Jun 29, 2012

Strava Legal

This is a slightly out of character post for this blog and perhaps one of the more boring ones for most of you, but I felt the need to say the following. Given that Strava is such a huge part of our cycling community, especially here in the Bay Area, this is still somewhat cycling related, tho tenuously, I admit.

Yesterday, this blog post was brought to my attention by a teammate. And in case it gets taken down, it was also picked up here for whatever reason. 

The author of the blog is Dean Frieders, an attorney in  Illinois. Personally, I wasn't too fond of the absurdities he decided to present as some legal analysis worth merit, so I felt the need to reply. The problem with Dean's blog is that he likes to really be in control and moderate each and every comment. So much so, that he edited my first comment without even asking me. My last comment, which was made last night hasn't yet made it to his blog, while another comment posted later is already there. Perhaps Dean is simply taking his time trying to think of a witty response, or he just had enough of me and decided to silence me through moderation. Or maybe I've jumped the gun and he's going to release my comment at any moment. In any event, I figured I'd recreate our little exchange here. The first comment made by me is in the original form, not the edited one released to Dean's blog. I haven't edited any of the comments, other than a few annotations in brackets.

Vitaly:
You're not a lawyer, are you? [Before I found out he actually was] If you are, by some miracle, please turn in your law license and never set foot in a courtroom again.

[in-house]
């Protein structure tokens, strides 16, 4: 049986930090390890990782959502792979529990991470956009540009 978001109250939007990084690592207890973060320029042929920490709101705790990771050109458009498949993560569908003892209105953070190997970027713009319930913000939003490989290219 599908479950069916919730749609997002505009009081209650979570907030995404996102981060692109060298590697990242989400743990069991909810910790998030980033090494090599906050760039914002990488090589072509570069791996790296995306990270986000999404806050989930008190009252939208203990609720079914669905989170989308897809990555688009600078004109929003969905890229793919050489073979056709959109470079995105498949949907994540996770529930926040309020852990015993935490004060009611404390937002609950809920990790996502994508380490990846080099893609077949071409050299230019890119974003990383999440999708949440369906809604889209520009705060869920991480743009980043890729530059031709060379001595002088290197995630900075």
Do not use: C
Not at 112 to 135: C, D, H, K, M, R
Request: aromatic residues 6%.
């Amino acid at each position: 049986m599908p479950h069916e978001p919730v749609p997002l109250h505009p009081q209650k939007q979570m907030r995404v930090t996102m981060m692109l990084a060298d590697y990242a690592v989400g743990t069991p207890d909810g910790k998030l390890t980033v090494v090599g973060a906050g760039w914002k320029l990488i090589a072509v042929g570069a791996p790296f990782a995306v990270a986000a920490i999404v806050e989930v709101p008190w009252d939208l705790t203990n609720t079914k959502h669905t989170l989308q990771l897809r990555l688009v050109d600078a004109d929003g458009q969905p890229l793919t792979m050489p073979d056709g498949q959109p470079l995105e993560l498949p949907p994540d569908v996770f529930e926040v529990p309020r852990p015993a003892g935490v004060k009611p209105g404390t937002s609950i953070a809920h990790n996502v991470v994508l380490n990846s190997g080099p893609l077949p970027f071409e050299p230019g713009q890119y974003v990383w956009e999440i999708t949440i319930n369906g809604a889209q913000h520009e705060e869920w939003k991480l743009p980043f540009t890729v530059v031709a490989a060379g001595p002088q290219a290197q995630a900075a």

I'll do you the favor of taking this apart piece by piece:

" Strava is a big company, with significant revenue." I'd like to see where you pulled this from? It's a startup funded mostly by investor $. Do some research before going out and making asinine statements.

Users getting sued by users:
Please, explain to your reader what would the alleged "cause of action" be against a fellow Strava user. Is it negligence? In which case the plaintiff would have to establish duty, breach of duty, proximate cause and damages. What duty of care do I owe another member/user of Strava? I certainly can't think of an intentional tort that fits into your made-up liability scheme. So, no, users cannot get successfully sued by other users.
           
"What is to stop someone who is injured while trying to beat your Strava time from suing you?  Nothing." - This statement is deceptive. Yes, anyone can file crap in court, that doesn't mean that it states a valid claim and there are thankfully statutory provisions which allow for sanctions in such actions.

"In Strava’s case, they will undoubtedly assert that the decedent released any claims against Strava by agreeing to their terms and conditions, which include a waiver/release of claims." - I had no idea you were a member of the Strava defense team. I certainly don't have great insight into the defense either, but there is a difference between having a claim dismissed on a demurrer, for failure to state a cause of action (which is what Strava is likely to do) and assert the waiver as an affirmative defense, thereby admitting that the plaintiff has stated a valid claim, but that the claim is defeated by a contractual provision. The latter being called a motion to dismiss.